19 HUMAN DIVERSITY: Adaptation to Disease Stress Sickle Cell Anemia point mutation SS, Ss, ss = genotypes African & Mediterranean groups Anopheles gambiae mosquito 150 bites per year 100% infection rate in kids 25% greater survivability = Ss CO-EVOLUTION OF DISEASE

20 The Black Death HUMAN DIVERSITY: Adaptation to Disease Stress particularly virulent strain of plague by 1350, 20,000,000 dead CO-EVOLUTION OF DISEASE

21 HUMAN DIVERSITY: Adaptation to Disease Stress arrived in Britain via Bristol in 1349 CO-EVOLUTION OF DISEASE

22 HUMAN DIVERSITY: Adaptation to Disease Stress caused by Yersinia pestis from animal vector to flea to humans begins in bubonic form, becomes pneumonic form pneumonic plague spreads from person to person CO-EVOLUTION OF DISEASE

23 FLU QUESTIONS HUMAN DIVERSITY: Adaptation to Disease Stress Younger people are more social & mobile Older people immunized by previous exposure to less virulent strains. Viruses mutate in unpredictable ways. Kill the host or leave it immune, therefore it died out. When it resurfaces, less ‘candidates’ available. Still not sequenced, tho’ they do have the DNA from samples at the AFIP.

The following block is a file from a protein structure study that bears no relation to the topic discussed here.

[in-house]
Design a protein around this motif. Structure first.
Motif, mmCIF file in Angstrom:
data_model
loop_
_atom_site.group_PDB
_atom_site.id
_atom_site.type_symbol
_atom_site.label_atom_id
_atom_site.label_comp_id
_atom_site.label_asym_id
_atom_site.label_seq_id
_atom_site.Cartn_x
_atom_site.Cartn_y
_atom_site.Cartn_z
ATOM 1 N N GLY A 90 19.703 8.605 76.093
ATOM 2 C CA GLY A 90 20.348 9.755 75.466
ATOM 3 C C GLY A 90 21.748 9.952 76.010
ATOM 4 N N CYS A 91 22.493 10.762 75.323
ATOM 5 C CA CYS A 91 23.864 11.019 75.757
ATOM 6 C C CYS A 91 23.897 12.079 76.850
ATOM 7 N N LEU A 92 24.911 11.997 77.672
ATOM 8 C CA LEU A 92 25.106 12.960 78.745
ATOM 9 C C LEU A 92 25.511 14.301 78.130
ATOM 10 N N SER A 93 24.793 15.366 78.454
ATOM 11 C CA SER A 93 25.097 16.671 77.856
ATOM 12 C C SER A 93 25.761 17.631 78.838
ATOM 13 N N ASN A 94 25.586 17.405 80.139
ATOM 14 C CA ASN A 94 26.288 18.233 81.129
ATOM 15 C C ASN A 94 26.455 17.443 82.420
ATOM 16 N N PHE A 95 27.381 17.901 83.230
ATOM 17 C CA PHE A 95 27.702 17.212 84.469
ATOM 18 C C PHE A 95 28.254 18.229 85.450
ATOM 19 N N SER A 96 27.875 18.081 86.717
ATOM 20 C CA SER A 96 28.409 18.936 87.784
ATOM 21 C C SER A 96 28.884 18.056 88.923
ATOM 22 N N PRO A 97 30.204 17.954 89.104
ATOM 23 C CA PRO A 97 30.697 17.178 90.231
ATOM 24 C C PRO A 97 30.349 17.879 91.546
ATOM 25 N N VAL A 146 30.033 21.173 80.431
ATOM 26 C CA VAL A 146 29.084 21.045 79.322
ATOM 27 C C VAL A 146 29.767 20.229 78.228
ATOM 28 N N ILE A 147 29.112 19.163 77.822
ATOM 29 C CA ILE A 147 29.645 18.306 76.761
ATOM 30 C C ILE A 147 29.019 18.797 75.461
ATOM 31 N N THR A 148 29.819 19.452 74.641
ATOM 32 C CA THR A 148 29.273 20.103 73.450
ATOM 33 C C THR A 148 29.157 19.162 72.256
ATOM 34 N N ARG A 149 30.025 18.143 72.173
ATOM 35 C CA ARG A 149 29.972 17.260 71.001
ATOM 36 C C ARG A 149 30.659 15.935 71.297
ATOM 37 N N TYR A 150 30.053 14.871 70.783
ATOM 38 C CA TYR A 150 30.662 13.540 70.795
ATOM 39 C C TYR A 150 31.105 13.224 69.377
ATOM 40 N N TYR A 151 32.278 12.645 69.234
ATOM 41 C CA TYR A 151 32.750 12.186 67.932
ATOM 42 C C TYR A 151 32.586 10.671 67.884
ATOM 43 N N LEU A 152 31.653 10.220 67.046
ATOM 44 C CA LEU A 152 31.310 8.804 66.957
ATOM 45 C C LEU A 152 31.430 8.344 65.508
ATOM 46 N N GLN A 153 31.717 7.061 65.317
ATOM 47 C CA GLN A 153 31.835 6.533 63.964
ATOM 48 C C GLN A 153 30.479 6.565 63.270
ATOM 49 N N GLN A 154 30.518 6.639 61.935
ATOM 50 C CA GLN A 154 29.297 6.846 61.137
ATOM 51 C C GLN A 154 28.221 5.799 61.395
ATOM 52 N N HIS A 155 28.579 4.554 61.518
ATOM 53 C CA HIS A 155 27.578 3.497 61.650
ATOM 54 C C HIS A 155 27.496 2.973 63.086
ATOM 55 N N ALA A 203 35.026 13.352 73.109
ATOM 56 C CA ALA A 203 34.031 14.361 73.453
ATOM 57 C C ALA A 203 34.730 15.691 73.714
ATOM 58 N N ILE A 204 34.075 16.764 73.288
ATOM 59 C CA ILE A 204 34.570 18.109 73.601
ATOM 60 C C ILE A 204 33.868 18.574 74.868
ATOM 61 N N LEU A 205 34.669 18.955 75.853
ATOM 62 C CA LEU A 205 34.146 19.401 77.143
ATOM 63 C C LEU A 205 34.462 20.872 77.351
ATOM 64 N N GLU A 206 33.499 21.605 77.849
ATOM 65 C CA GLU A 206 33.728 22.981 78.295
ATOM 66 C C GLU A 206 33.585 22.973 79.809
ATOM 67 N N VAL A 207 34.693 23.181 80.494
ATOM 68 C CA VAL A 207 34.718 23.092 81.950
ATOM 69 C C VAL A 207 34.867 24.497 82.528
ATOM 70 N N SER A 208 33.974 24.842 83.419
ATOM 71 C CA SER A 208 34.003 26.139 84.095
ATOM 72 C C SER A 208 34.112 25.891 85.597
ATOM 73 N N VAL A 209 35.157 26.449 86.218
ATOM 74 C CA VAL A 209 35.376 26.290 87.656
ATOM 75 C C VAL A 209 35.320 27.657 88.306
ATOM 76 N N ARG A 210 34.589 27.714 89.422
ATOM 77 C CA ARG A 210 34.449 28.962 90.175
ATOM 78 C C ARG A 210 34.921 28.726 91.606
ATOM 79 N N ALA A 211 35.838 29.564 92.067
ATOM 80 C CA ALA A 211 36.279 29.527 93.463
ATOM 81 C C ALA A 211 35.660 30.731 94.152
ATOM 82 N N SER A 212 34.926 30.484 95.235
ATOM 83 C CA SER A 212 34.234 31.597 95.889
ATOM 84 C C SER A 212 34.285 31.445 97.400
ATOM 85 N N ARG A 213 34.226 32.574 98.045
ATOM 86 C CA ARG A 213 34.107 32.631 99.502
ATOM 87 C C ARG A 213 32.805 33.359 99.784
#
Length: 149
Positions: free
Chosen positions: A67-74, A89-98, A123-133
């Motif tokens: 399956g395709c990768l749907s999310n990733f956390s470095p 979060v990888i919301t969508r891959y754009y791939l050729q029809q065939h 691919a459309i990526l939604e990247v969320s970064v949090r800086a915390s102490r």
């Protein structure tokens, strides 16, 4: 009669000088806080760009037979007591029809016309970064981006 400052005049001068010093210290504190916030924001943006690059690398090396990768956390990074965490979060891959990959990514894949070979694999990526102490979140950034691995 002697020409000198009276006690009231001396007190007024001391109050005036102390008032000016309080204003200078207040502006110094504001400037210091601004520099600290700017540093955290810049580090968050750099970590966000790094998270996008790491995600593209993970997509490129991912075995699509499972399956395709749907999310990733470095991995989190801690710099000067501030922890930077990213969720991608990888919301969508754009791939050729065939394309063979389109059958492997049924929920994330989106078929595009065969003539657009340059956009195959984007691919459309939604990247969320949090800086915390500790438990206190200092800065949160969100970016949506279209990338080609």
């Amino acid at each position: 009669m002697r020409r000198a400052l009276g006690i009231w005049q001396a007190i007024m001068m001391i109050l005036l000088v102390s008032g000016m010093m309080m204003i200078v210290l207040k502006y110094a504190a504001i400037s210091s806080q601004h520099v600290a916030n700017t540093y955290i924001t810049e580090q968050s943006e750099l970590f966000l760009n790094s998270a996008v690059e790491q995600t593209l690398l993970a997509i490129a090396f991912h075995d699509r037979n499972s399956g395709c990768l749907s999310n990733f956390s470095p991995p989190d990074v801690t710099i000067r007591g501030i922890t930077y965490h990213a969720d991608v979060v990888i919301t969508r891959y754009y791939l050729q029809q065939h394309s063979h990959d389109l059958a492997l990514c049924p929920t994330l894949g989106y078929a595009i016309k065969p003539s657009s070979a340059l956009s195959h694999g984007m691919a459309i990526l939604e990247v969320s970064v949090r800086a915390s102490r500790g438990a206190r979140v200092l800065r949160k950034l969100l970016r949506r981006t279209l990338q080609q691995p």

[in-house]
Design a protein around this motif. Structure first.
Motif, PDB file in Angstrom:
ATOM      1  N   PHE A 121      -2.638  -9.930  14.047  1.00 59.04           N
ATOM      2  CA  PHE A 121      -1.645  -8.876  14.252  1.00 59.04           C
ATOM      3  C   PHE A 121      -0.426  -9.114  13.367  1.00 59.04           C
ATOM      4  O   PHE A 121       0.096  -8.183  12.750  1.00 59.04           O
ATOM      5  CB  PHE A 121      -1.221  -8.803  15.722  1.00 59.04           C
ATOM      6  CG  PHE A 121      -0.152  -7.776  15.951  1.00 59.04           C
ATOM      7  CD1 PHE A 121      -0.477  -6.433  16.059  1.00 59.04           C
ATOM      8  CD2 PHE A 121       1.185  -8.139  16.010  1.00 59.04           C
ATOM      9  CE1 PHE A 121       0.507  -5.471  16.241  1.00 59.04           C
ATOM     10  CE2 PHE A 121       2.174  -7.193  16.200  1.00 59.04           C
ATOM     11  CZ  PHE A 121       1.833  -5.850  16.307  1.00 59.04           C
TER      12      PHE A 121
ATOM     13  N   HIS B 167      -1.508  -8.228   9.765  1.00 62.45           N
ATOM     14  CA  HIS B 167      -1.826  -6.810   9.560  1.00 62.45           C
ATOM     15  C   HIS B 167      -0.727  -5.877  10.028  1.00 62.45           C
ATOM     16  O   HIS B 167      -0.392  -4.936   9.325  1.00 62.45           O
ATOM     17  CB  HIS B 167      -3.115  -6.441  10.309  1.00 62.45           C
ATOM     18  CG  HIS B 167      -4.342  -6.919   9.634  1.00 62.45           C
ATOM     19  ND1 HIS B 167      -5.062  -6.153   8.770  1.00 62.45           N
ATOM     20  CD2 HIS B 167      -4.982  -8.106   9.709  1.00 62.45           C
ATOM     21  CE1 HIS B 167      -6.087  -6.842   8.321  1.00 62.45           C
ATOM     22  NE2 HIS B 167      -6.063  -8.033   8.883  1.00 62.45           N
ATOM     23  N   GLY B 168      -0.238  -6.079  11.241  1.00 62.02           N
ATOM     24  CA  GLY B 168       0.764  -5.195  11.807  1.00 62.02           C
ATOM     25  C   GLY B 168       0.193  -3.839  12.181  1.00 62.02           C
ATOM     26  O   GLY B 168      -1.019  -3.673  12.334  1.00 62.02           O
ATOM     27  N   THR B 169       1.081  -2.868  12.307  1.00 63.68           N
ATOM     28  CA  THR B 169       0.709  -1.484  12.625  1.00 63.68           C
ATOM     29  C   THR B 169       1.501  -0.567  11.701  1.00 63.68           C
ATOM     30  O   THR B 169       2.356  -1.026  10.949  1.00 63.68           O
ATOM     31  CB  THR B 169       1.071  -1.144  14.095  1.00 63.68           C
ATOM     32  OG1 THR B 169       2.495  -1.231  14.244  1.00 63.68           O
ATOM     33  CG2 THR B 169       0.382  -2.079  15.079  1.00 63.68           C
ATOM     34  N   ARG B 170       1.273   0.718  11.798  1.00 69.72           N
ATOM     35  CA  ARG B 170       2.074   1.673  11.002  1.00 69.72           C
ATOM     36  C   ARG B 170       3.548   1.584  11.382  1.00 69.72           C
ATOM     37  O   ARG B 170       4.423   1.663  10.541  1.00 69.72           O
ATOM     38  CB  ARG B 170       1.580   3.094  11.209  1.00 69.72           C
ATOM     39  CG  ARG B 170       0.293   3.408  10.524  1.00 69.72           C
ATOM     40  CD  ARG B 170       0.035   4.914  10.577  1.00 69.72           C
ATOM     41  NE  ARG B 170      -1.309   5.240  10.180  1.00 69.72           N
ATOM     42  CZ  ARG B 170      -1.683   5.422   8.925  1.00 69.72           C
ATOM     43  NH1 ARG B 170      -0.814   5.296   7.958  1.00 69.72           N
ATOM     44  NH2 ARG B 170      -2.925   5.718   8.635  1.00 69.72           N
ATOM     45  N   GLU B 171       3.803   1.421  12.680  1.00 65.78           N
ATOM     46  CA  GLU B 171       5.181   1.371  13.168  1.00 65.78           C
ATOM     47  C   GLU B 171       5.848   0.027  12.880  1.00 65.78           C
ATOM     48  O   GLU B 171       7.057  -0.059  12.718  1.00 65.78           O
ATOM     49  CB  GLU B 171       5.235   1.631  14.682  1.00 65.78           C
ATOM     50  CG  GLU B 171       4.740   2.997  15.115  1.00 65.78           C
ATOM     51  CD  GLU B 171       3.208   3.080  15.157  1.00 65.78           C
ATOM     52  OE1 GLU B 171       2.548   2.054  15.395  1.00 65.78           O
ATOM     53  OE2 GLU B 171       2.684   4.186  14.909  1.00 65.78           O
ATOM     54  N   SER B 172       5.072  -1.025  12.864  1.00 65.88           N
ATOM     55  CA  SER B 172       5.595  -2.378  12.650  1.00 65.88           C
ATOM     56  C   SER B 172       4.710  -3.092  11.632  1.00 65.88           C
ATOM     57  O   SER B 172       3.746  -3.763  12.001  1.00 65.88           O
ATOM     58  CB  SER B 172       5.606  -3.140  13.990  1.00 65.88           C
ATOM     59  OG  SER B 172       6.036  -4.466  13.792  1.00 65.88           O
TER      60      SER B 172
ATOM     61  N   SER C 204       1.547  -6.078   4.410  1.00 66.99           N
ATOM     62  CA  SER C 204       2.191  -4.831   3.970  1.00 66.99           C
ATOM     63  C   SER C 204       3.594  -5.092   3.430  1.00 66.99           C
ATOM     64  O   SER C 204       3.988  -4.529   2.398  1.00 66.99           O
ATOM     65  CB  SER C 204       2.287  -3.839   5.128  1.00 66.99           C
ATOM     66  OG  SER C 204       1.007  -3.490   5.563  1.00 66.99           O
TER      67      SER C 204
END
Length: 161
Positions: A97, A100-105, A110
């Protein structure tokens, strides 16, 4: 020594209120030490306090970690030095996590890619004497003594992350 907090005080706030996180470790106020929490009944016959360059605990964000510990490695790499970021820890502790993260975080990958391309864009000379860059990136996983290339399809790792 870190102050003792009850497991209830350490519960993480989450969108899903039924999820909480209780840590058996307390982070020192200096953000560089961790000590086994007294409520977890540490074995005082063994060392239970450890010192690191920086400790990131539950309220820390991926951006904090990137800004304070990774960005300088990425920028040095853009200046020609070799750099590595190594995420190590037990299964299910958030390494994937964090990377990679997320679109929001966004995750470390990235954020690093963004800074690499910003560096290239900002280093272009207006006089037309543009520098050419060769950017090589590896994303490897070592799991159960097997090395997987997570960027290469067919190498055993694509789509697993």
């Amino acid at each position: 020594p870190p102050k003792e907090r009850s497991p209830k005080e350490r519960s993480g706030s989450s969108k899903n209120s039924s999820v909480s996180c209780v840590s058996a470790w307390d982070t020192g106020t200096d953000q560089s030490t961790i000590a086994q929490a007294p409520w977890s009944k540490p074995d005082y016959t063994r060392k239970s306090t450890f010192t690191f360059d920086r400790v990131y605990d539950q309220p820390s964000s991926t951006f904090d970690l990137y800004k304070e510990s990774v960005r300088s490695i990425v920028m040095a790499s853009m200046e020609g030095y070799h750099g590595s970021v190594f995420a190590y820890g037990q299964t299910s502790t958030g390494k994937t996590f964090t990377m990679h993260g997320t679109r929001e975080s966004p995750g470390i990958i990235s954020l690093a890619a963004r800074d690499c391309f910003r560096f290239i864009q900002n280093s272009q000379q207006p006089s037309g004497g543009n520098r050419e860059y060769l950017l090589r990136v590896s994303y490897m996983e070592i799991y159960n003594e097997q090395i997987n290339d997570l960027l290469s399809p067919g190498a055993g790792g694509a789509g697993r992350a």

24 HUMAN DIVERSITY: Adaptation to Disease Stress 1918 Spanish Flu: 500,000 in the US, between 20 and 50 million worldwide. Over half young healthy adults Asian Flu: 70,000 in the US Hong Kong Flu: 34,000 in the US Swine Flu scare 1977 Russian Flu scare 1997,99Avian Flu scare FLU PANDEMICS

25 HUMAN DIVERSITY: Adaptation to Disease Stress Chicken pox/herpes Varicella-zoster virus (VZC) “Shingles is sometimes called “herpes zoster” but it is not caused by a herpes virus” “Part of the Herpes family, for which there are over 100 types” FLU QUESTIONS

26 HUMAN DIVERSITY: Adaptation to Disease Stress city life stopped harvests were uncollected bodies piled up in the streets no sanitation no bread baked famine, lawlessness houses abandoned Societal changes CO-EVOLUTION OF DISEASE

27 HUMAN DIVERSITY: Adaptation to Disease Stress eat lettuce alternate sleep on left & right sides to keep liver balanced apply paste of gum resin, white lillies & human excrement don’t think about it thin blood with leeches burn fires to purify the air “Cures” CO-EVOLUTION OF DISEASE